The Reserve Bank will target Auckland property investors with new lending restrictions as it looks to take the heat out of the property market in the country's biggest city, which it sees as a key risk to the nation's financial system.
The bank intends in October to introduce new loan-to-value ratio (LVR) limits on lending to property investors in the Auckland Council area that would require those borrowers to have at least a 30 per cent deposit, it said in its six-monthly financial stability report.
The Reserve Bank said the potential for a sharp correction in the Auckland market has increased since its November report, with investors the key source of new demand for the city, accounting for about a third of new lending in the six months ended March 31.
"We are proposing these adjustments to the LVR policy to more directly target investor activity in the Auckland region, where house prices relative to incomes and rent are more elevated than elsewhere in New Zealand," governor Graeme Wheeler said in a statement. "The objective of this policy is to promote financial stability by reducing the rate of increase in Auckland house prices, and to improve the resilience of the banking system to a potential downturn in the Auckland housing market"
The Reserve Bank imposed its original limits on mortgage lending with deposits of less than 20 per cent in October 2013, which was seen as initially taking the heat out of the market. Since then, house prices have picked up as strong inbound net migration and a lack of supply in Auckland have been exacerbated by relatively low interest rates.
Early Reserve Bank data suggests investors make greater use of interest-only loans, which might partly reflect their ability to offset mortgage expenses against income tax, and those loans are likely to be more highly geared than owner-occupier mortgages.
"The risks associated with investor lending are likely to be greatest in the Auckland region," the bank said in its report. "Rapid house price appreciation in Auckland has compressed rental yields, and this is likely increasing income gearing among Auckland investors."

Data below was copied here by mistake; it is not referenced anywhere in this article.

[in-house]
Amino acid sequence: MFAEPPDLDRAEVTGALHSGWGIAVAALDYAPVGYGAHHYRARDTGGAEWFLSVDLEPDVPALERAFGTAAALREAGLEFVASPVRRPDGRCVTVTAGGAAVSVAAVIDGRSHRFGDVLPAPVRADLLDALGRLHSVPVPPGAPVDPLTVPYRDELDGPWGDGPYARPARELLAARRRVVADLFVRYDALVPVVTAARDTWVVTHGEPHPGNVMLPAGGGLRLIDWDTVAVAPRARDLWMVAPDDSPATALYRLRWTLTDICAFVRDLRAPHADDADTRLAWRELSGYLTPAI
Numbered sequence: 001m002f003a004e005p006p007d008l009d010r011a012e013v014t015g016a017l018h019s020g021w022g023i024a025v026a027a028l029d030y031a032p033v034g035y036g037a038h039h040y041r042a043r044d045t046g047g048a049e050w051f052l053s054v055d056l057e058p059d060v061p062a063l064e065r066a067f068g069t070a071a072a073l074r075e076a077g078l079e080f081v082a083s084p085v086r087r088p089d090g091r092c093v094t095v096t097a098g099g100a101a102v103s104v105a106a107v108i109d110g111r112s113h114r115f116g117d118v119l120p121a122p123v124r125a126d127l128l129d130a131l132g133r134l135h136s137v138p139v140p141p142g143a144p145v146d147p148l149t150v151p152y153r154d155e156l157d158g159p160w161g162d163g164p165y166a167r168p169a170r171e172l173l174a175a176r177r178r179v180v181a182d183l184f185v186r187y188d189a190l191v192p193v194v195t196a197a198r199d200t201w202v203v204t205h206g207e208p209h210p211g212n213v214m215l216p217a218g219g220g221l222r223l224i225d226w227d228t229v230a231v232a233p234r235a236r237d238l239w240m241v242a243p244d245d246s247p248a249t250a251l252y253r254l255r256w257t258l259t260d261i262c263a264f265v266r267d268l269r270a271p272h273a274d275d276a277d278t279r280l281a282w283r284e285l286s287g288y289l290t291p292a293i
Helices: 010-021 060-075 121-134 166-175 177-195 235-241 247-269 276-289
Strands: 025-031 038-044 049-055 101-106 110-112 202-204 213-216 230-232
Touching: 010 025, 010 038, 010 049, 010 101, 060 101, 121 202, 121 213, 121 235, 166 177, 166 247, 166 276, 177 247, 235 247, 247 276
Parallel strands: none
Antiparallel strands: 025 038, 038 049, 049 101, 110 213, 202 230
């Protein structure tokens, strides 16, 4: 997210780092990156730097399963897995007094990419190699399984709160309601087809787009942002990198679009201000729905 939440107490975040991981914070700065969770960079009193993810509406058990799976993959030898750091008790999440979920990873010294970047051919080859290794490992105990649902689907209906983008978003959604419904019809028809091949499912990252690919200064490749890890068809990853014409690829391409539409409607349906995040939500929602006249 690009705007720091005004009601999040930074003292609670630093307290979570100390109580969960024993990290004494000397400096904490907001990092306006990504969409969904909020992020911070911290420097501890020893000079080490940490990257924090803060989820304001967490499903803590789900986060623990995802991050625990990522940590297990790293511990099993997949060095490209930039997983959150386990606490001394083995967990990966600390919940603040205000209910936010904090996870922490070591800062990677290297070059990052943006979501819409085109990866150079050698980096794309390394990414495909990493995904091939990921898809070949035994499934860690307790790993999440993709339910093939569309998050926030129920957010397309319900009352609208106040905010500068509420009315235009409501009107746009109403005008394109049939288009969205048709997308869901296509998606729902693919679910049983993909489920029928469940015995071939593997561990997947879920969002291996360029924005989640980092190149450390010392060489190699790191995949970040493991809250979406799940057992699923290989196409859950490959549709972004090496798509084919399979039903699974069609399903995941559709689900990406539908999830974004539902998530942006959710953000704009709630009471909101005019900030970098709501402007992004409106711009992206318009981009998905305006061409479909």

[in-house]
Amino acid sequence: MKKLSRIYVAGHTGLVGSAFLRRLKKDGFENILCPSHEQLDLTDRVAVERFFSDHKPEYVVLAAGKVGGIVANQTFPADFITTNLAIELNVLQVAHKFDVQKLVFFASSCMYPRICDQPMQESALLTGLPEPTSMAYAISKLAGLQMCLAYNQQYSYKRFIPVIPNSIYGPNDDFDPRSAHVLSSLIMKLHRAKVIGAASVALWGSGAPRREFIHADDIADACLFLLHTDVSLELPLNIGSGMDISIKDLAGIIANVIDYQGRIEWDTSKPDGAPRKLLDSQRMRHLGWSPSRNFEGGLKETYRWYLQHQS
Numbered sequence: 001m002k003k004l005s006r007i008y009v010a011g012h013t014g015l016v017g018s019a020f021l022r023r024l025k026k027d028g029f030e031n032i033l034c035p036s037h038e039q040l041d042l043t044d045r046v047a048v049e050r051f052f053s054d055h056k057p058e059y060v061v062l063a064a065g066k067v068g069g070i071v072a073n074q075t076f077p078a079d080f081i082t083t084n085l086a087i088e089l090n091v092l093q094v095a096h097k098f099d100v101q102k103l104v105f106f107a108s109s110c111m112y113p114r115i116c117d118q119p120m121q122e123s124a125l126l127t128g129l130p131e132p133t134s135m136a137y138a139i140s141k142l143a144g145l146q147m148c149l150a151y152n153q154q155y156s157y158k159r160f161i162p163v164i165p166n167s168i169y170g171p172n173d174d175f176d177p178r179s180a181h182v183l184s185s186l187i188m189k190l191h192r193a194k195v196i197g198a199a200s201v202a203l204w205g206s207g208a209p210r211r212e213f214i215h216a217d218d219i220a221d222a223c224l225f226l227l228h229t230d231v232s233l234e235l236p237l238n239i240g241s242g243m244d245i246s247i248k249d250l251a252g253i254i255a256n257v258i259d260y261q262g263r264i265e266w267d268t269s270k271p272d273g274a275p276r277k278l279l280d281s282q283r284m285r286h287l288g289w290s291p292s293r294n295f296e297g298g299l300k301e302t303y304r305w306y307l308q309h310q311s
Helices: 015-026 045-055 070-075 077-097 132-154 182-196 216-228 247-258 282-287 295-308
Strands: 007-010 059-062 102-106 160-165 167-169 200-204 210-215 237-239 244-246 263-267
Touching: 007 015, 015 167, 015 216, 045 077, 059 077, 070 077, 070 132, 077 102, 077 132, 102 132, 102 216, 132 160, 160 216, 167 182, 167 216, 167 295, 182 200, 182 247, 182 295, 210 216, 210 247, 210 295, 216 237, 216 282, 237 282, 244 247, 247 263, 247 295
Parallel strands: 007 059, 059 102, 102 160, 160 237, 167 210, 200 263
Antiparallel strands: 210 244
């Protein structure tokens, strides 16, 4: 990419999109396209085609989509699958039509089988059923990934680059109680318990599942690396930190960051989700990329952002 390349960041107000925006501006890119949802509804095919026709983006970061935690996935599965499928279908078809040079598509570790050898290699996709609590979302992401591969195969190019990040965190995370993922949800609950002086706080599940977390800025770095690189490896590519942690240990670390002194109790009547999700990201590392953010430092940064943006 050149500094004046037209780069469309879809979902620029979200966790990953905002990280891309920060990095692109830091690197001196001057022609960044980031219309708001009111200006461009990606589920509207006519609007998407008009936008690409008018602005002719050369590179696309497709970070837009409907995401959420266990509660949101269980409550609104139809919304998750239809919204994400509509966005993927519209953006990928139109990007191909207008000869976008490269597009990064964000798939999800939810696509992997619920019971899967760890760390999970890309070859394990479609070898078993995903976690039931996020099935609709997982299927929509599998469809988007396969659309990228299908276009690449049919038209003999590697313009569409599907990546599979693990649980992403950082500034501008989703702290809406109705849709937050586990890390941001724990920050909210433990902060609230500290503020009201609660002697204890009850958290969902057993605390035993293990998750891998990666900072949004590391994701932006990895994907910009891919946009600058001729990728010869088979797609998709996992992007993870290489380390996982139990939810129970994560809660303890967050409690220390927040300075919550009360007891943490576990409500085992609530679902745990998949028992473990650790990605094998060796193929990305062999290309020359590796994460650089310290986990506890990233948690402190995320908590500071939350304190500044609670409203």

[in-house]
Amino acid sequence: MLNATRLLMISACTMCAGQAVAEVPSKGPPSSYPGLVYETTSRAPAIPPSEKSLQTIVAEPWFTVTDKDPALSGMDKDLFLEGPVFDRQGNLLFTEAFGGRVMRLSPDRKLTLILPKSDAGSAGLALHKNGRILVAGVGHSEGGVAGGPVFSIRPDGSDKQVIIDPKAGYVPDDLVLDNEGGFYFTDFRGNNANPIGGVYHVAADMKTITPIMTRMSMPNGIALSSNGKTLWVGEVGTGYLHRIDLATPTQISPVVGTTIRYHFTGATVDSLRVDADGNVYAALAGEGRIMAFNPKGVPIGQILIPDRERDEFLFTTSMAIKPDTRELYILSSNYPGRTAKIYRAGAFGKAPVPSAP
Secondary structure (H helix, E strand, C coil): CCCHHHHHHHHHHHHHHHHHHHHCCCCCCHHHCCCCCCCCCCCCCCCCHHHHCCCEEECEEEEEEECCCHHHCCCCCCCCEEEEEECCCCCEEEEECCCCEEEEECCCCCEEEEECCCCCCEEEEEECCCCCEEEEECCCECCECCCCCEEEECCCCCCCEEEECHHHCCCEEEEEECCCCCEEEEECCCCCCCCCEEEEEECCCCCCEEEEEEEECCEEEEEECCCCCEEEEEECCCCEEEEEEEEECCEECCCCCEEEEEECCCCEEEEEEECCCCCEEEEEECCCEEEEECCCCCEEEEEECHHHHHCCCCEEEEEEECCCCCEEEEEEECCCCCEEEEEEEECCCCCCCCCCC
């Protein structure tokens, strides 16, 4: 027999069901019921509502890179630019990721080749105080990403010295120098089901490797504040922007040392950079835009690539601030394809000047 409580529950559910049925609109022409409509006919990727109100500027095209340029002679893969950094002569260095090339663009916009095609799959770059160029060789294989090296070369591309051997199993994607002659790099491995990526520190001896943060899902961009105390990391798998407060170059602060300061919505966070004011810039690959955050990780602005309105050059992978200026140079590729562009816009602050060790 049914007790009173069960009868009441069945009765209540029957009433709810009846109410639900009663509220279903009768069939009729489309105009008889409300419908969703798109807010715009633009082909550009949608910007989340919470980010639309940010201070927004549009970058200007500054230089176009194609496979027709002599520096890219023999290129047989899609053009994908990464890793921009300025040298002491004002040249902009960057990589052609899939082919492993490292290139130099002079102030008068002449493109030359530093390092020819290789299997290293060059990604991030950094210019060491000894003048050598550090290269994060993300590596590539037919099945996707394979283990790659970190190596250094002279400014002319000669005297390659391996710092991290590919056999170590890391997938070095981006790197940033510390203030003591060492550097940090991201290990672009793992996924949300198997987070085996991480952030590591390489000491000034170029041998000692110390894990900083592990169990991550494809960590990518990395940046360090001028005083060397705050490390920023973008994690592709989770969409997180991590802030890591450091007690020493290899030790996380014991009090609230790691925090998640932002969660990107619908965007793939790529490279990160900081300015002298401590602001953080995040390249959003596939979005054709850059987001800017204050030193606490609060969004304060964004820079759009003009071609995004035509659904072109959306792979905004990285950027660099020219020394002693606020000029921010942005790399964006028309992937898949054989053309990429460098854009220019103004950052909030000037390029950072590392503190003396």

Rising imbalances in the housing market increase the risk of a sharp drop in house prices which would put borrowers under stress and could ultimately flow into the banks through increased losses on housing loans, the report said.
To facilitate the new LVR lending restrictions, the Reserve Bank will also introduce a new asset class covering property investors, defined as any mortgage secured on a home that is not an owner-occupier. The bank has been in talks with private lenders to agree on a definition, which would then require lenders to hold more capital against those loans.
To recognise more subdued housing markets outside Auckland, the Reserve Bank will ease the restrictions on high-LVR lending for all residential lending to 15 per cent from the existing 10 per cent. The 10 per cent speed limit will stay in place for Auckland owner-occupiers.
It's likely that the aim of announcing this so far ahead of the implementation date was to create an immediate chilling effect on the Auckland property market. Whether that proves to be the case over the next four and a half months is unclear.
The new restrictions on Auckland lending won't apply to mortgages to build new houses or apartments.